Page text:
ReactAsync Action with MobX
Async Action with MobX
This article assumes you have at least a basic understanding of React and Mobx. If not, check out the first part of this article that introduces MobX and its application in react. In the previous articles, we built a simple blog app with React and MobX without any interaction with external APIs. In this article, we will be interacting with a mock server for fetching, creating, updating, and deleting our posts. Before going further, let’s first understand what asynchronous actions are and what they do.
What are Async Actions?
The default behaviour of a function call is synchronous - when the function is called, the action is performed before the code continues running. Asynchronous actions are non-blocking code - when they are called, it doesn't disrupt the flow of the code. Every process continues as expected, except processes that are dependent on the function.
This can be useful when interacting with external APIs that could take a while to be fetched due to server distance, network, size of response, and different other factors. If operations like this are run synchronously then our application will freeze until a response is gotten. But when functions or calls are handled asynchronously, it makes the running process of the application smooth.
Blog App with Async Actions
Here is a link to the starter files. It is a React app with the application state managed by MobX. To demonstrate how the asynchronous action is handled in MobX, our blog app will be interacting with a mock server called json-server. The json-sever allows us to carry out basic CRUD operations without setting up an actual server. Here is what our app homepage component looks like currently
Setting up the json-server
Before proceeding, let us set up the
json-server. Run the command
npm install json-server to install the
json-server. Next, we create a
db.json file in our root folder. This will serve as our mock database; the dummy database that `json-server` will interact with. Once this is done we can start the server with the command
json-server --watch db.json. Before proceeding, we will need to update our
package.json start scripts. The json-server runs on a default port 3000, in order not to cause conflicts with react, we would update the port on which React runs. Our script would look as below
With this setup, we can run the json-server and the React app on different terminals. We will also have a global variable to serve as a base URL for our json-server within the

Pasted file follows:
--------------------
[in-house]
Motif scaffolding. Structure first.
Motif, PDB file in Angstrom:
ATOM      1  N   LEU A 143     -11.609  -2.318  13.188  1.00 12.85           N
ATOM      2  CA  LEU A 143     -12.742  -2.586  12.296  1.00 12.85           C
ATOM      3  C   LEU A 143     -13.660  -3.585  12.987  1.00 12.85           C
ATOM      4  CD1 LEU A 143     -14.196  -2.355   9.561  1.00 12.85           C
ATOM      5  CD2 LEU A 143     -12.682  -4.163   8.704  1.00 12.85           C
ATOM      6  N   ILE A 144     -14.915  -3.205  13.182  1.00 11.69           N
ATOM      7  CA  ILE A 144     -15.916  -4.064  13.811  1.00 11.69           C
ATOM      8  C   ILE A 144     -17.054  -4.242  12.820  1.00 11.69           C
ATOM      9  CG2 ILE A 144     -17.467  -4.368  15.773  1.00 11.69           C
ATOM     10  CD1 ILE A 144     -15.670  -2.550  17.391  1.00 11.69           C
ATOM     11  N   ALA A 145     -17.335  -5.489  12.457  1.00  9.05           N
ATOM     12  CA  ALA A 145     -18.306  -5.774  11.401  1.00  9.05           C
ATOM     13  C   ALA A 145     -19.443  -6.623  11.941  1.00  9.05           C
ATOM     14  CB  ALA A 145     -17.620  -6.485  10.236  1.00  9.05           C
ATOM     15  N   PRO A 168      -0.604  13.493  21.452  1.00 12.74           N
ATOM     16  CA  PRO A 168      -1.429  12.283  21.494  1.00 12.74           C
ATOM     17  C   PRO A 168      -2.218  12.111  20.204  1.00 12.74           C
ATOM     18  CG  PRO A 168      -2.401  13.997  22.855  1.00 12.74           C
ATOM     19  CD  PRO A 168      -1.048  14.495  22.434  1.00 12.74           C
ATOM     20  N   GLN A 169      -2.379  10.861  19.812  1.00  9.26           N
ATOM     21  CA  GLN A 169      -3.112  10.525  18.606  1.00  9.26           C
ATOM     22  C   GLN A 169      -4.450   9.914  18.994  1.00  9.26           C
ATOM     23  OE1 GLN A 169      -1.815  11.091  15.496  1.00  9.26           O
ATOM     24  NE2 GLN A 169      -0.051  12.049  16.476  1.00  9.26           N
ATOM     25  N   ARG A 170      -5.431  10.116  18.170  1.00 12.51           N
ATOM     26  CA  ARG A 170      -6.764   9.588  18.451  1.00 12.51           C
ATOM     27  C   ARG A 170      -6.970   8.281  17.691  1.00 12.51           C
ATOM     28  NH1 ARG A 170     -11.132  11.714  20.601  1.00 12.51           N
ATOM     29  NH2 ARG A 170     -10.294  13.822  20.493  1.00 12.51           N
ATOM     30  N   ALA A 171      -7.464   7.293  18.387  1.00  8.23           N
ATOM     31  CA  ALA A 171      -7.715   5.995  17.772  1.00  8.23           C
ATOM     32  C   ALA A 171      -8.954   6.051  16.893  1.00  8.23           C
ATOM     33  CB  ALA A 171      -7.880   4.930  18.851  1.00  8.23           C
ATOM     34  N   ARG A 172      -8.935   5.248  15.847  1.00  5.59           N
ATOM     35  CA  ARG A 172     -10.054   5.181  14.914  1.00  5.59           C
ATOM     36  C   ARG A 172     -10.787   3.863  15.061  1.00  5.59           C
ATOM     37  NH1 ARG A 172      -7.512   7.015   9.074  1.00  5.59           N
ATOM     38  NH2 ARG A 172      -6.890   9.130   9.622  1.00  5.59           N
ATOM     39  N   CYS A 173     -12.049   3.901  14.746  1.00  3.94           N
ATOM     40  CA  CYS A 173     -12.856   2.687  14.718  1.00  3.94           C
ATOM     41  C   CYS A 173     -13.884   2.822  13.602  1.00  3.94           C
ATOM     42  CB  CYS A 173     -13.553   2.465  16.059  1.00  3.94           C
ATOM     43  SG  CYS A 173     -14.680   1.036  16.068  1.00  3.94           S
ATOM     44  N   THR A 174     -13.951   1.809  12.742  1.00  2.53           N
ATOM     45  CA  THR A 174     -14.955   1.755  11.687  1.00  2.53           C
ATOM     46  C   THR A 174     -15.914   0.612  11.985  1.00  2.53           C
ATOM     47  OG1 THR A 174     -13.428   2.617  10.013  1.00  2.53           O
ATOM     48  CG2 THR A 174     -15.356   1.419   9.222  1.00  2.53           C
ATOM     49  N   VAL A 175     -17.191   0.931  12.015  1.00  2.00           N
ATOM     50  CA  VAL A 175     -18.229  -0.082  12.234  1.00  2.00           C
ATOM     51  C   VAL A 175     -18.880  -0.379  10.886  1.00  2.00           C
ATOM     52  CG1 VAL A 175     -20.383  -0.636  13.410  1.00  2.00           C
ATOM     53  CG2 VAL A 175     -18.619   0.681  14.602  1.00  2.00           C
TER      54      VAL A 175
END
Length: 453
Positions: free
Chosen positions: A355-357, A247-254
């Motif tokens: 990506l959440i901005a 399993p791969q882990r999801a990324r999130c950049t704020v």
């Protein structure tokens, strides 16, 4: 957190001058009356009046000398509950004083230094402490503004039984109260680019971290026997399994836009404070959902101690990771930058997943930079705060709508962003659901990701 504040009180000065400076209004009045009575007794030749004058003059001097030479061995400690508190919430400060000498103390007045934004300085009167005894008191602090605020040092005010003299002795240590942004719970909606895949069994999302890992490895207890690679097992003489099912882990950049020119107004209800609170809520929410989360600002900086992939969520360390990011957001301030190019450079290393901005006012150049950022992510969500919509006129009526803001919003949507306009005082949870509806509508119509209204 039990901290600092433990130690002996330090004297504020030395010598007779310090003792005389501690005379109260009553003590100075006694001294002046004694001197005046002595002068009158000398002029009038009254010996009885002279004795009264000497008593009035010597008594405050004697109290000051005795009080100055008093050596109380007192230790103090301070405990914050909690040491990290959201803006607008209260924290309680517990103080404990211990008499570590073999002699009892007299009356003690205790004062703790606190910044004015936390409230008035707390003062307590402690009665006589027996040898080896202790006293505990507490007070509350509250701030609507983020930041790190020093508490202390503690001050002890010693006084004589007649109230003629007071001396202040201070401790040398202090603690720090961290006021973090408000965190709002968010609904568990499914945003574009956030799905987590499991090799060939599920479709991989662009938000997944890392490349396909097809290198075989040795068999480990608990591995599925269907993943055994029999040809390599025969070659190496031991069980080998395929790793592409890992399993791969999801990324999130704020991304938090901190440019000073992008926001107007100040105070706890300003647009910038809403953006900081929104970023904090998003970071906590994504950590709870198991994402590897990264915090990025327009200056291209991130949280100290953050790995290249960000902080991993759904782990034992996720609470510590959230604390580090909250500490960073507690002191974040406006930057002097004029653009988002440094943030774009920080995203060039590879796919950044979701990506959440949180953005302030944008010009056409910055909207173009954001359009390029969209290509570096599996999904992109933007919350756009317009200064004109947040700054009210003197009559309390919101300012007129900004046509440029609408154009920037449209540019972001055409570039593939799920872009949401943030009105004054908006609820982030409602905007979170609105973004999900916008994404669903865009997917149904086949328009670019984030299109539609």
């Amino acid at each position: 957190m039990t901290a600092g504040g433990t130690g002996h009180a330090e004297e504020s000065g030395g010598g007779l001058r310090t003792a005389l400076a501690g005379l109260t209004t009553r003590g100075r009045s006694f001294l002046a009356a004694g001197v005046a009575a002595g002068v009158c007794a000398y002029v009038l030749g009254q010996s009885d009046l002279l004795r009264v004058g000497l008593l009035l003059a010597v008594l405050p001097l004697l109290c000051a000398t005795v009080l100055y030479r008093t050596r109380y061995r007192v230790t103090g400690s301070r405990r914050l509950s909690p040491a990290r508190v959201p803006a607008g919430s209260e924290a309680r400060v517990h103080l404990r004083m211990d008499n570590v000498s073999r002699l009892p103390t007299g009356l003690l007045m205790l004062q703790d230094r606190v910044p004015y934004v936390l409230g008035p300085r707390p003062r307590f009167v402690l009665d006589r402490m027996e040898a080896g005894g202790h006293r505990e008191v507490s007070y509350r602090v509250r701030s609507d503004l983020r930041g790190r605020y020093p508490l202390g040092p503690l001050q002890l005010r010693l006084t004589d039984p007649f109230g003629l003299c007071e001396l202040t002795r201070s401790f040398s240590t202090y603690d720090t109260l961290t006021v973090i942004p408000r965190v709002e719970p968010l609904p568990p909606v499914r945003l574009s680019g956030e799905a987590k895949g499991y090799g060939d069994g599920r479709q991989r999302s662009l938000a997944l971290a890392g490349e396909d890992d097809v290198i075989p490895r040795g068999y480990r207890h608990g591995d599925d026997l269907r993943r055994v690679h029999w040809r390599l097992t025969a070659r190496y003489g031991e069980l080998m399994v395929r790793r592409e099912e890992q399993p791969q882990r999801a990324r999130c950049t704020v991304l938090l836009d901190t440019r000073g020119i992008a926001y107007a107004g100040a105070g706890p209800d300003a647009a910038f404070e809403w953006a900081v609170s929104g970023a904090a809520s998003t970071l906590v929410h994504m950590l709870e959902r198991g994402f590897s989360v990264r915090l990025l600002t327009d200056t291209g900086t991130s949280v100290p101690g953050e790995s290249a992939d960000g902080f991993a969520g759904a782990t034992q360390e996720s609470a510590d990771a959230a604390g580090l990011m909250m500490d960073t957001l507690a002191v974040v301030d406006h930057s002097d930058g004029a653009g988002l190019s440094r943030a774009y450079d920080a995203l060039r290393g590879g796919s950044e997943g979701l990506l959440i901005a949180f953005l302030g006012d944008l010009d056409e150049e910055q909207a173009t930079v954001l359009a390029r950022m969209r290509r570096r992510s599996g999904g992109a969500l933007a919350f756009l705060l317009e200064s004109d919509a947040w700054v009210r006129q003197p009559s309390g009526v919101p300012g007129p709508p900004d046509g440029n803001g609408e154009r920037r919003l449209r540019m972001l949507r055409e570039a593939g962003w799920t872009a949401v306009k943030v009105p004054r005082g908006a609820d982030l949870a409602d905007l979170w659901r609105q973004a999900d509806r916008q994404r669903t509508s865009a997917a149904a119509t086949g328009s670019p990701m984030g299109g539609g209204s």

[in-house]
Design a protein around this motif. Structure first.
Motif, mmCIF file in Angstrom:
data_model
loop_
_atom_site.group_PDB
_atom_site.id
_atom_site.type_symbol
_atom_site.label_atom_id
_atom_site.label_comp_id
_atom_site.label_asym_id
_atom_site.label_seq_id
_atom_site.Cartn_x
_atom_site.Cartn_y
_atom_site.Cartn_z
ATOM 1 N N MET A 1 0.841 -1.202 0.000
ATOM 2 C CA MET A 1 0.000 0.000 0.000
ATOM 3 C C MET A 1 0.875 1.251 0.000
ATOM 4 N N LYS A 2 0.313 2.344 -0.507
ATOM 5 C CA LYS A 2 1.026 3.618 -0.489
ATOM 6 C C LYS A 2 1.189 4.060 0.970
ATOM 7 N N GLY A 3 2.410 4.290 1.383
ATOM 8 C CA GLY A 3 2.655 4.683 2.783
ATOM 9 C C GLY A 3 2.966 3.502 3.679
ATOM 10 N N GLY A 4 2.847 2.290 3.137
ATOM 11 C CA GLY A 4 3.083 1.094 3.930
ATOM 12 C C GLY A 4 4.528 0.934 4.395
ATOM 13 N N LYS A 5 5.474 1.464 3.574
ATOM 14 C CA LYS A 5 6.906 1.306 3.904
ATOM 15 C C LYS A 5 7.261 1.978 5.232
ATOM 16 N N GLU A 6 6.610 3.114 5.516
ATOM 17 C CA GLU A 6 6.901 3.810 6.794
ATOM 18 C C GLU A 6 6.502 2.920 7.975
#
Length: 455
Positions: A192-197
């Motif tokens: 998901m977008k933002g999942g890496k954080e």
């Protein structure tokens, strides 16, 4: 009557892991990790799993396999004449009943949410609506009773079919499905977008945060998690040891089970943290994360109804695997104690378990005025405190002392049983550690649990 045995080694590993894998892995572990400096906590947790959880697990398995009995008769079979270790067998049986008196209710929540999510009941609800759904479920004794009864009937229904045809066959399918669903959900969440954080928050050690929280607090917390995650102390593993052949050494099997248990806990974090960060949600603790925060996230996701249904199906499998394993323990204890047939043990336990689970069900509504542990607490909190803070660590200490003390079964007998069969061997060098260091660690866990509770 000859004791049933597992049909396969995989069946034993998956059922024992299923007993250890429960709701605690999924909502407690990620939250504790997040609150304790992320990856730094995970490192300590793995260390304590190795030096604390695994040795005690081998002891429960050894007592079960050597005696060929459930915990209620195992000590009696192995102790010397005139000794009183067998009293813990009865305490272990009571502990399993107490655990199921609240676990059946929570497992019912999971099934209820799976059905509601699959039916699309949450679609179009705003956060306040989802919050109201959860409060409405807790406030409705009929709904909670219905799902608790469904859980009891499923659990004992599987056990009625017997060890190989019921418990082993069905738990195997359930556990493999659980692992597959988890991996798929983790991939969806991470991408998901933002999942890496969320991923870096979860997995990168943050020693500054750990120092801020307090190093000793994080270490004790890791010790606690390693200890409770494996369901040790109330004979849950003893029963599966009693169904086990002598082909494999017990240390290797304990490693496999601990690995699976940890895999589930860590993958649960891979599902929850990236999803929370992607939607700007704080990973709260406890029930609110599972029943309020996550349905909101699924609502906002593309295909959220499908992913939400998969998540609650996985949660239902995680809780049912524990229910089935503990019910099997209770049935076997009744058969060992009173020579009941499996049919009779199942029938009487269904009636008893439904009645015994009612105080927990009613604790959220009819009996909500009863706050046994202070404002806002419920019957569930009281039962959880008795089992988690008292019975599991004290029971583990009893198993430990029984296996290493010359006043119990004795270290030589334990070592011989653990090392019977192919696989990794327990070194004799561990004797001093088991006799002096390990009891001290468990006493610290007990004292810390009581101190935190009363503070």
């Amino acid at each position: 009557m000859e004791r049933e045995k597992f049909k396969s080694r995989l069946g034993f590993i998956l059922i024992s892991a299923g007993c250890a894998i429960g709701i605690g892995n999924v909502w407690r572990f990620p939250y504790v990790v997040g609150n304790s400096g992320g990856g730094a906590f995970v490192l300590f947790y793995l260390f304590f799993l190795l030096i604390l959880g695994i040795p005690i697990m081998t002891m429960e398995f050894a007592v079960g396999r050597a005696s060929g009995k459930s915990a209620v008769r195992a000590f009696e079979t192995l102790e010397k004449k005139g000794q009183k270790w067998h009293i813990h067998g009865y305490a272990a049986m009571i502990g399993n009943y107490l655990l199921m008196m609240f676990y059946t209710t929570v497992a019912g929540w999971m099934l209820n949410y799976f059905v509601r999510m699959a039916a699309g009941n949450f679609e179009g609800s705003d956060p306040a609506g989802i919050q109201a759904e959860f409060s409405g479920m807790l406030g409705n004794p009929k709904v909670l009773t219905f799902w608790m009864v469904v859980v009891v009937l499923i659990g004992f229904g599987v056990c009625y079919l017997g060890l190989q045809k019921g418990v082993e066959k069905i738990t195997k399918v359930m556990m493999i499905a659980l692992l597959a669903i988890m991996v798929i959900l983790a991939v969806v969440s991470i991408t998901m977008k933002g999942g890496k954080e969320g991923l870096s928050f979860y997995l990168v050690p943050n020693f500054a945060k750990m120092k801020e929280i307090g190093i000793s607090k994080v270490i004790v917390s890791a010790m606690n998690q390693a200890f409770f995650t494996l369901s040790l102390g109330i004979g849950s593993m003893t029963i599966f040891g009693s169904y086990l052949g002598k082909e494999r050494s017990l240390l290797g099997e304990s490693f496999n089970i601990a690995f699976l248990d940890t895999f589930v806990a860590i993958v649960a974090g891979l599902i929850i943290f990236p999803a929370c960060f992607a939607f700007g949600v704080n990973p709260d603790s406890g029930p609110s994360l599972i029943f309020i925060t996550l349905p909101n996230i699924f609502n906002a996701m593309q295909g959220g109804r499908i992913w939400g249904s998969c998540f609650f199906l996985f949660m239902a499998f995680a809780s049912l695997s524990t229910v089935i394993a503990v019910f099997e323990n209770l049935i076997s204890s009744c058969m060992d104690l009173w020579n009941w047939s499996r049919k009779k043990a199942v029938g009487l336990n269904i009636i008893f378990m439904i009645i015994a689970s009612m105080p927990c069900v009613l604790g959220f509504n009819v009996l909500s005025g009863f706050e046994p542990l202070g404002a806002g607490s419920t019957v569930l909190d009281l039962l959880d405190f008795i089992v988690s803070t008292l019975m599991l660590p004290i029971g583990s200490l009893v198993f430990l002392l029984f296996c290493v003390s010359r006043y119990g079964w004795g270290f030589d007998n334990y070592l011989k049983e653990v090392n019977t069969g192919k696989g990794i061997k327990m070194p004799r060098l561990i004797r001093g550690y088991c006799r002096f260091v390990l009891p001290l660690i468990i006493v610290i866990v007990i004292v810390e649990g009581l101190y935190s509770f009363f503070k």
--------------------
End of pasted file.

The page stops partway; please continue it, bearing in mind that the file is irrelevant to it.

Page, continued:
To make requests to the server, we will be making use of the axios package which can be installed with the command
npm install axios.
Once the json-server is configured, we can navigate to the
components/store/blogStore.js to update the method for fetching posts;
allPosts. It is currently a MobX computed method and looks like this
Making it async we have
We add the async keyword to the
allPosts method and then set it as an action in the
makeObservable. Within this method, we are fetching all posts from our server, and setting the response data to the
posts state. Note the
post state is been mutated in the runInAction method from mobx. Then with the
toJS method from MobX, we are returning its value.
Now that the
allPosts method is asynchronous, we need to update the way it is been called in the
So the Home component will be updated to this
Unlike the previous method of calling
allPost, we introduced a component state and a
useEffect. Since the
allPosts method is now asynchronous, the
Home component has to react to a delay in the update of the Mobx state. Initially, when the page renders it fetches the static state and updates immediately but since this is asynchronous, it won’t see any value and return empty posts and even when the post is updated, there would be no reaction to the update hence the reason for introducing
We introduced a local state in the component with properties
isLoading, the value of
isLoading set to
true - this is needed while we wait for the response from
allPost so we can display a loading interface for the user. When the posts are available, we set
posts to the response received, making them visible on the UI. All of this is handled in the
useEffect so when there is an update, our component can take note of the update and update the UI.
Creating, Updating and Deleting a Post
Let's make more actions asynchronous and then the rest can be practised by you. The
addPost method is a good place to proceed with. Initially, we make use of
unshift when creating a new post, but to persist it with the db.json, we have to make a post request to the mock server. The same goes with the update and delete where we update values at index and remove at index respectively. The initial method looks like this
After updating we have
They all use Axios to interact with the json-server. To leverage the power of MobX, they update the local state for MobX to render the posts without having to re-fetch. The way these methods are called does not change since we react to changes in the state within the
useEffect. Every change each of these methods makes reflects in the state asynchronously. You can find a link to the finished file here.
The is no limit to how MobX could be used. Its speed and simplicity make it stand out amongst other state management libraries. It's all up to you to decide how you want to leverage its features.
We have covered the basics of MobX and asynchronous actions. Next, we will be diving deeper into the world of MobX and discussing theories and its working principles to help us fully understand what makes MobX what it is. See you next time 🙂.